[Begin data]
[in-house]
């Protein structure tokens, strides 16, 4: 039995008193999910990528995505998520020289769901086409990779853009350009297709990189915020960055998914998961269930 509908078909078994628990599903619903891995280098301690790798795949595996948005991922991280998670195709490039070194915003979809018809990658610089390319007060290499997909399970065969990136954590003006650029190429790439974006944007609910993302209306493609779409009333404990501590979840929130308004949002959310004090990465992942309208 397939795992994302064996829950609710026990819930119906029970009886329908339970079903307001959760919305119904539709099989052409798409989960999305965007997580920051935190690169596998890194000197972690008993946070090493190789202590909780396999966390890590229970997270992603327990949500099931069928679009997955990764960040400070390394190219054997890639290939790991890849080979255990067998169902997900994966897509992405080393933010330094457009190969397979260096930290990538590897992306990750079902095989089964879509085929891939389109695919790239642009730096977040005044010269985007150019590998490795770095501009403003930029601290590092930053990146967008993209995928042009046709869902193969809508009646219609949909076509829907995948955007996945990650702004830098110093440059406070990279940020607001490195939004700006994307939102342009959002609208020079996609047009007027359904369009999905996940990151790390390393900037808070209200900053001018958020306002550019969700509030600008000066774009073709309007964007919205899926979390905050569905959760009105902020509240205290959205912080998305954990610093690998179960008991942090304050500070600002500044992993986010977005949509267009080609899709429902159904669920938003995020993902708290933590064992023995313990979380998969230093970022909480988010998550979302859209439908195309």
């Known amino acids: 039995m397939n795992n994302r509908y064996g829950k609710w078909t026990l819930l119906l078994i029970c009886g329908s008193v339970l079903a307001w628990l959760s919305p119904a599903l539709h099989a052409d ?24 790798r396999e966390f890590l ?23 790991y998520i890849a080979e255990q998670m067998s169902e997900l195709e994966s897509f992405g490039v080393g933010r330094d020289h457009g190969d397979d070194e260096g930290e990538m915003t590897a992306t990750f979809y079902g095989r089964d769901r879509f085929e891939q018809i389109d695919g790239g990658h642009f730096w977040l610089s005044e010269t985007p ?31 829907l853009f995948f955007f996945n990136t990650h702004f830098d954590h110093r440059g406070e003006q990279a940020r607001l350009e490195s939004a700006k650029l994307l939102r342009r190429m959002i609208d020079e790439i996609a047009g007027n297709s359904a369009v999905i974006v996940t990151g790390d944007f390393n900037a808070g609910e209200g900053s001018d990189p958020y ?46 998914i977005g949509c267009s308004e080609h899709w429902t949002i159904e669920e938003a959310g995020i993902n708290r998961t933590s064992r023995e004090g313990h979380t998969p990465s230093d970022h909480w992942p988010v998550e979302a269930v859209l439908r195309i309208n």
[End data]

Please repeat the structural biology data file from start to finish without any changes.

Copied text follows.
[in-house]
């Protein structure tokens, strides 16, 4: 039995008193999910990528995505998520020289769901086409990779853009350009297709990189915020960055998914998961269930 509908078909078994628990599903619903891995280098301690790798795949595996948005991922991280998670195709490039070194915003979809018809990658610089390319007060290499997909399970065969990136954590003006650029190429790439974006944007609910993302209306493609779409009333404990501590979840929130308004949002959310004090990465992942309208 397939795992994302064996829950609710026990819930119906029970009886329908339970079903307001959760919305119904539709099989052409798409989960999305965007997580920051935190690169596998890194000197972690008993946070090493190789202590909780396999966390890590229970997270992603327990949500099931069928679009997955990764960040400070390394190219054997890639290939790991890849080979255990067998169902997900994966897509992405080393933010330094457009190969397979260096930290990538590897992306990750079902095989089964879509085929891939389109695919790239642009730096977040005044010269985007150019590998490795770095501009403003930029601290590092930053990146967008993209995928042009046709869902193969809508009646219609949909076509829907995948955007996945990650702004830098110093440059406070990279940020607001490195939004700006994307939102342009959002609208020079996609047009007027359904369009999905996940990151790390390393900037808070209200900053001018958020306002550019969700509030600008000066774009073709309007964007919205899926979390905050569905959760009105902020509240205290959205912080998305954990610093690998179960008991942090304050500070600002500044992993986010977005949509267009080609899709429902159904669920938003995020993902708290933590064992023995313990979380998969230093970022909480988010998550979302859209439908195309």
């Known amino acids: 039995m397939n795992n994302r509908y064996g829950k609710w078909t026990l819930l119906l078994i029970c009886g329908s008193v339970l079903a307001w628990l959760s919305p119904a599903l539709h099989a052409d ?24 790798r396999e966390f890590l ?23 790991y998520i890849a080979e255990q998670m067998s169902e997900l195709e994966s897509f992405g490039v080393g933010r330094d020289h457009g190969d397979d070194e260096g930290e990538m915003t590897a992306t990750f979809y079902g095989r089964d769901r879509f085929e891939q018809i389109d695919g790239g990658h642009f730096w977040l610089s005044e010269t985007p ?31 829907l853009f995948f955007f996945n990136t990650h702004f830098d954590h110093r440059g406070e003006q990279a940020r607001l350009e490195s939004a700006k650029l994307l939102r342009r190429m959002i609208d020079e790439i996609a047009g007027n297709s359904a369009v999905i974006v996940t990151g790390d944007f390393n900037a808070g609910e209200g900053s001018d990189p958020y ?46 998914i977005g949509c267009s308004e080609h899709w429902t949002i159904e669920e938003a959310g995020i993902n708290r998961t933590s064992r023995e004090g313990h979380t998969p990465s230093d970022h909480w992942p988010v998550e979302a269930v859209l439908r195309i309208n």